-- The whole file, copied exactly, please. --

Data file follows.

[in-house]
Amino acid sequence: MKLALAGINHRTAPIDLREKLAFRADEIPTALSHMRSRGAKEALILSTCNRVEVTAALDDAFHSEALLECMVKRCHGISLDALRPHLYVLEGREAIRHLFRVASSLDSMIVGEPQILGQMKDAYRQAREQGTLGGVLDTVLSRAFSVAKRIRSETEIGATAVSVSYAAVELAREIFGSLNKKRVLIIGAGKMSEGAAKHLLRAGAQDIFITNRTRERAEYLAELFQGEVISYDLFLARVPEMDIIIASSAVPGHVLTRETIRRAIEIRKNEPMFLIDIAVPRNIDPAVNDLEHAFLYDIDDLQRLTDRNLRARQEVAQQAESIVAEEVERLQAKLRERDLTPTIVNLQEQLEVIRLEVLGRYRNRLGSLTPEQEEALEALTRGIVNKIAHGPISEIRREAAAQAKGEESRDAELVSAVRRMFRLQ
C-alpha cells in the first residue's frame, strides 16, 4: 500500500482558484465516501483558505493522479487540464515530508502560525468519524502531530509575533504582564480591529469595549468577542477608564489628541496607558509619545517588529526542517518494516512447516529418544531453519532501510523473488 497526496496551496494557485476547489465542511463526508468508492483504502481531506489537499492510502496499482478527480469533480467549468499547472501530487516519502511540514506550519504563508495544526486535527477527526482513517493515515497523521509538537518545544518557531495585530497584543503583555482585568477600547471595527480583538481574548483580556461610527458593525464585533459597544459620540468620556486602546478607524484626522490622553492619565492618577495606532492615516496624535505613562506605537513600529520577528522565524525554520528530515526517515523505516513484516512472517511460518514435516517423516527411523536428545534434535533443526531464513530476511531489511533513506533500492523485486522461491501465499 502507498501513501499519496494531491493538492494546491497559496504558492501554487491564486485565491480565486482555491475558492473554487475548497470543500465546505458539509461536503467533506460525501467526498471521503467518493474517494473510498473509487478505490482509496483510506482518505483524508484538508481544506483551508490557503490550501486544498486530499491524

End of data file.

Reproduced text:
[in-house]
Amino acid sequence: MKLALAGINHRTAPIDLREKLAFRADEIPTALSHMRSRGAKEALILSTCNRVEVTAALDDAFHSEALLECMVKRCHGISLDALRPHLYVLEGREAIRHLFRVASSLDSMIVGEPQILGQMKDAYRQAREQGTLGGVLDTVLSRAFSVAKRIRSETEIGATAVSVSYAAVELAREIFGSLNKKRVLIIGAGKMSEGAAKHLLRAGAQDIFITNRTRERAEYLAELFQGEVISYDLFLARVPEMDIIIASSAVPGHVLTRETIRRAIEIRKNEPMFLIDIAVPRNIDPAVNDLEHAFLYDIDDLQRLTDRNLRARQEVAQQAESIVAEEVERLQAKLRERDLTPTIVNLQEQLEVIRLEVLGRYRNRLGSLTPEQEEALEALTRGIVNKIAHGPISEIRREAAAQAKGEESRDAELVSAVRRMFRLQ
C-alpha cells in the first residue's frame, strides 16, 4: 500500500482558484465516501483558505493522479487540464515530508502560525468519524502531530509575533504582564480591529469595549468577542477608564489628541496607558509619545517588529526542517518494516512447516529418544531453519532501510523473488 497526496496551496494557485476547489465542511463526508468508492483504502481531506489537499492510502496499482478527480469533480467549468499547472501530487516519502511540514506550519504563508495544526486535527477527526482513517493515515497523521509538537518545544518557531495585530497584543503583555482585568477600547471595527480583538481574548483580556461610527458593525464585533459597544459620540468620556486602546478607524484626522490622553492619565492618577495606532492615516496624535505613562506605537513600529520577528522565524525554520528530515526517515523505516513484516512472517511460518514435516517423516527411523536428545534434535533443526531464513530476511531489511533513506533500492523485486522461491501465499 502507498501513501499519496494531491493538492494546491497559496504558492501554487491564486485565491480565486482555491475558492473554487475548497470543500465546505458539509461536503467533506460525501467526498471521503467518493474517494473510498473509487478505490482509496483510506482518505483524508484538508481544506483551508490557503490550501486544498486530499491524